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From 2 to 4%: Trump turns the screws on NATO allies to up defense spending

From 2 to 4%: Trump turns the screws on NATO allies to up defense spending
Donald Trump is now demanding that NATO nations spend 4% of their GDP on defense, doubling the current spending commitment that many member states are already struggling to meet.

Tweeting from Brussels – where the US president is currently locking horns with his NATO allies during their annual summit – Trump said that Berlin’s reliance on NATO protection while also inking energy deals with Russia was “unacceptable.” The US president added that “all NATO Nations must meet their 2% commitment, and that must ultimately go to 4%!”

The US leader, who self-identifies as a shrewd negotiator, demanded in an earlier tweet that NATO states “must pay 2% of GDP IMMEDIATELY, not by 2025.”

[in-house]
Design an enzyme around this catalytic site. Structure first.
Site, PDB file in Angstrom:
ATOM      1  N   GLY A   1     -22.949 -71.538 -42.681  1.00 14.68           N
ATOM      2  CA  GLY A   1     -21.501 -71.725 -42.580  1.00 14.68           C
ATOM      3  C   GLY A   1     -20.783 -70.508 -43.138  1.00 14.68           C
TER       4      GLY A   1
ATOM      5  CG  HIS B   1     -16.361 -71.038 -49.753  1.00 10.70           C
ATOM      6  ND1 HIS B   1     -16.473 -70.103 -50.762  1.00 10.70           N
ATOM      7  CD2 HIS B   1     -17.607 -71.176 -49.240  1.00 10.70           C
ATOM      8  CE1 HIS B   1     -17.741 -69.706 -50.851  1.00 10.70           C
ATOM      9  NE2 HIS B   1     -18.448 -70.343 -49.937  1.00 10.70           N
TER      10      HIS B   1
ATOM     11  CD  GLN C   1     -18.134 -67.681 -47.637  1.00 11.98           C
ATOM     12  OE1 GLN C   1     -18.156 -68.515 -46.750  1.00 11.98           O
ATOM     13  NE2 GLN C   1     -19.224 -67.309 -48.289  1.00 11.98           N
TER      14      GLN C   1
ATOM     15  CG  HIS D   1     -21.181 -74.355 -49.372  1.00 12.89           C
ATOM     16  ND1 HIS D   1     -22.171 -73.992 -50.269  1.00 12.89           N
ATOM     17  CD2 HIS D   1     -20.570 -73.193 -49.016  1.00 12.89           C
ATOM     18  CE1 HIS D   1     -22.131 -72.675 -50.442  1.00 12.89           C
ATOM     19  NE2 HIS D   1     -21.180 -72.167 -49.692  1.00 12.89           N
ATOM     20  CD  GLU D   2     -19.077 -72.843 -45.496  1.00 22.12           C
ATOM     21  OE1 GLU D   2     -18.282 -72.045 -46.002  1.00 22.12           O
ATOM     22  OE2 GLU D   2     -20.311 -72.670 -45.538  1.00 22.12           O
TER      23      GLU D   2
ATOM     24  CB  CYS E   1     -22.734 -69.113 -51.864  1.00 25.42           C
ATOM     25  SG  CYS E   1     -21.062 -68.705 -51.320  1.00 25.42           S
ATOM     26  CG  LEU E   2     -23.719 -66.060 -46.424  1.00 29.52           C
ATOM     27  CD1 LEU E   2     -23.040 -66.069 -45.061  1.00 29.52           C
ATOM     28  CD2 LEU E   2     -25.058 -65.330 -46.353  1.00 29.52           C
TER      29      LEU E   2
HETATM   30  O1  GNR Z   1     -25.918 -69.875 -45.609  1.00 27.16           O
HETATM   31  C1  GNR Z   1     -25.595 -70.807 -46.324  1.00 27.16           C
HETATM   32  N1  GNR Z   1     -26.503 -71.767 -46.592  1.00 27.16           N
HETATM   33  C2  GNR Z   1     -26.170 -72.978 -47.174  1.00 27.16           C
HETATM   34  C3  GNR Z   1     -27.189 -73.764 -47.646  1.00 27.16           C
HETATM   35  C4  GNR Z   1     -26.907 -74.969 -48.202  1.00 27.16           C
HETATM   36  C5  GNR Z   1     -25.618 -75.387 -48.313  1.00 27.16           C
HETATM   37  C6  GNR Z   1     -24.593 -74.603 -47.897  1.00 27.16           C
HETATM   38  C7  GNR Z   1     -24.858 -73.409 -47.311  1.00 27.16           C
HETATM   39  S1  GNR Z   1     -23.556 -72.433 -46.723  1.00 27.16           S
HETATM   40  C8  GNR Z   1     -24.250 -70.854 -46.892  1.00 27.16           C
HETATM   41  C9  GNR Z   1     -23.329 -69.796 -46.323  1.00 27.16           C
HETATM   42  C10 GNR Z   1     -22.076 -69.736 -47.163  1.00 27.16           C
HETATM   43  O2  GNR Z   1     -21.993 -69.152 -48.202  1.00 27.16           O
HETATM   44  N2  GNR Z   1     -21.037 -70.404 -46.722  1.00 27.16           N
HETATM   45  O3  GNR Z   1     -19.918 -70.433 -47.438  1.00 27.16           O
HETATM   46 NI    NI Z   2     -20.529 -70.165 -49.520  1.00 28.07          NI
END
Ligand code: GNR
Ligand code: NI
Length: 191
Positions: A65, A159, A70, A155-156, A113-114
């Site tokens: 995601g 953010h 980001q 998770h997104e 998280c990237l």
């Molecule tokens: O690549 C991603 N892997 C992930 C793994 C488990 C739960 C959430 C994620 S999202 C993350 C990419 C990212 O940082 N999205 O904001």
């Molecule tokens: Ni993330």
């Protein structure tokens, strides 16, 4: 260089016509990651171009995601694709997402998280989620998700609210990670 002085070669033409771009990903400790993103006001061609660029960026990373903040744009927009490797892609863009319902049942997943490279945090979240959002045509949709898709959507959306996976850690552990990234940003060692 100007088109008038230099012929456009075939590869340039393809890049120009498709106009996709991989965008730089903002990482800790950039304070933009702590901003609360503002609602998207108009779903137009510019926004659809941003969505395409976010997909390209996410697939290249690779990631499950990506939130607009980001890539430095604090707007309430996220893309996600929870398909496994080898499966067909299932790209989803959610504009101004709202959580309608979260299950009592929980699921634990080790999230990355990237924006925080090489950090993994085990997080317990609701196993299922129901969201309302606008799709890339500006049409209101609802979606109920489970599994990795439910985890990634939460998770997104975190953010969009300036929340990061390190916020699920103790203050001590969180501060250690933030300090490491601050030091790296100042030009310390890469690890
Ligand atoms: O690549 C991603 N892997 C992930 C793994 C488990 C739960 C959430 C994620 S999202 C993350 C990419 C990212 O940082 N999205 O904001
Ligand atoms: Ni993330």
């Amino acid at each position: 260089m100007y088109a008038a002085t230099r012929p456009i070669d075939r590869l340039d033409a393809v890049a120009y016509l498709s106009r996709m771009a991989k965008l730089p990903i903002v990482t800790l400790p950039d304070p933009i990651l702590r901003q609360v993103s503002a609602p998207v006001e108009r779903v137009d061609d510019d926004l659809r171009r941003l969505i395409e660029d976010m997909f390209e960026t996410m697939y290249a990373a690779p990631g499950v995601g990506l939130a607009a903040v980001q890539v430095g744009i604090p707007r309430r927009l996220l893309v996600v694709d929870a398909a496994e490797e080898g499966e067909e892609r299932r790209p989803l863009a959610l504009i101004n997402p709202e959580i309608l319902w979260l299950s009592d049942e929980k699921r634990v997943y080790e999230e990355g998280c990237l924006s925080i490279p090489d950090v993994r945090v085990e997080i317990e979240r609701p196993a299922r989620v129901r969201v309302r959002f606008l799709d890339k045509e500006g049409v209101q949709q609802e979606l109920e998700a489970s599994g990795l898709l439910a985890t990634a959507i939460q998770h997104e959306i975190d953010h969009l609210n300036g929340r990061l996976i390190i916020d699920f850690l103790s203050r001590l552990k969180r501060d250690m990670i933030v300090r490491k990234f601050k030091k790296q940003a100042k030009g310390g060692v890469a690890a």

The 4 percent figure was initially leaked to the press by US officials on Wednesday, with pundits quickly pointing out that the new benchmark was impractical. Trump reiterated his plan again on Thursday during a press conference.

Even the US, which spends almost twice as much on defense than all other NATO countries combined, falls short of the 4 percent mark. The White House said that US defense spending in 2017 was 3.6 percent of GDP.

Trump has turned NATO’s annual summit – typically a mundane highly-choreographed formality – into a contentious showdown between allies divided on issues ranging from funding to European security. Much of his anger about paltry defense spending among NATO allies has been directed at Germany.

The US even reportedly mulled the possibility of a large-scale withdrawal of American troops stationed in Germany, as punishment for what he says is Berlin’s inadequate financial contribution towards the alliance.

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